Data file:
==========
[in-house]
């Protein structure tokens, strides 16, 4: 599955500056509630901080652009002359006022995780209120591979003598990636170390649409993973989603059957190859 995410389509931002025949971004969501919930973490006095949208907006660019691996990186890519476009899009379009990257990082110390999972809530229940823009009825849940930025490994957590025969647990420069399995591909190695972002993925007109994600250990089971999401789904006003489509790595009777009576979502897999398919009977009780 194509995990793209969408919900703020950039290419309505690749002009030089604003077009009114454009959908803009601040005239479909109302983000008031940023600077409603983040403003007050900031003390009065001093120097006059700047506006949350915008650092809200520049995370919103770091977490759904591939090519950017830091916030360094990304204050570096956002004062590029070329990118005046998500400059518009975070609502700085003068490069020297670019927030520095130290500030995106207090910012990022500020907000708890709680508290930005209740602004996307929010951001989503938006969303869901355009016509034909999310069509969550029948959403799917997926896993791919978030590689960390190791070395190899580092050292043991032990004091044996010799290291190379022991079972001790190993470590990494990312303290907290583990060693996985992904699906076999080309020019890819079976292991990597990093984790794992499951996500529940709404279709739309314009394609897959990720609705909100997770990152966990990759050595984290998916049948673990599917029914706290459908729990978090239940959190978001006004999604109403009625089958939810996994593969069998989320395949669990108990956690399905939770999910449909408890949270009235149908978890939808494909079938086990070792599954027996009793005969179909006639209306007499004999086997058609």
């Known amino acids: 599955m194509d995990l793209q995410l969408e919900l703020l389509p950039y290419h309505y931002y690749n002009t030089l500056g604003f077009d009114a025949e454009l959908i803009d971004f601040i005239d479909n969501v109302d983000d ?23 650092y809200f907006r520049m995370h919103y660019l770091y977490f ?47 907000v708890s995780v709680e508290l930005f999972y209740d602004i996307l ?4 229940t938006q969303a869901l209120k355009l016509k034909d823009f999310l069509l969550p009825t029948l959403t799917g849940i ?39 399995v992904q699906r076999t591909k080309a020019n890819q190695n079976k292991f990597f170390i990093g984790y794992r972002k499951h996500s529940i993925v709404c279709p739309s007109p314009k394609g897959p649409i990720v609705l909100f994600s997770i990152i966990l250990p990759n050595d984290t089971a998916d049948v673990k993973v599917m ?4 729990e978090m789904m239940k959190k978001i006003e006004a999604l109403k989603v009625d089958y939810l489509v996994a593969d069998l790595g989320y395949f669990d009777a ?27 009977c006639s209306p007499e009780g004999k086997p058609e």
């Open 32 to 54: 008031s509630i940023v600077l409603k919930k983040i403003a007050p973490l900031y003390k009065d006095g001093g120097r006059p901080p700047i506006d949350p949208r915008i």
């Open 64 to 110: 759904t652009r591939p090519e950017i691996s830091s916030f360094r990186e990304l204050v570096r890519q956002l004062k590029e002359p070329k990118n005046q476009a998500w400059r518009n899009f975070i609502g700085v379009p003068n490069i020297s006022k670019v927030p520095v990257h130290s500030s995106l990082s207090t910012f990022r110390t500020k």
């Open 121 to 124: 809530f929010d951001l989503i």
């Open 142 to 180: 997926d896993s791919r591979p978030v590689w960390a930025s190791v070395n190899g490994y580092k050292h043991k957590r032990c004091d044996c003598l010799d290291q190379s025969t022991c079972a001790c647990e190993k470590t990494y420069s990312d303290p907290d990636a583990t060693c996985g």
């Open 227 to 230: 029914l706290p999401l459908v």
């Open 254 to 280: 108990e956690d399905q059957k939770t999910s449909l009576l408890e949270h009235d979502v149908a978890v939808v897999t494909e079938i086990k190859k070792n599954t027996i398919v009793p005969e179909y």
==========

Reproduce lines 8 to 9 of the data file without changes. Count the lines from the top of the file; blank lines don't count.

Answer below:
């Open 227 to 230: 029914l706290p999401l459908v």
């Open 254 to 280: 108990e956690d399905q059957k939770t999910s449909l009576l408890e949270h009235d979502v149908a978890v939808v897999t494909e079938i086990k190859k070792n599954t027996i398919v009793p005969e179909y």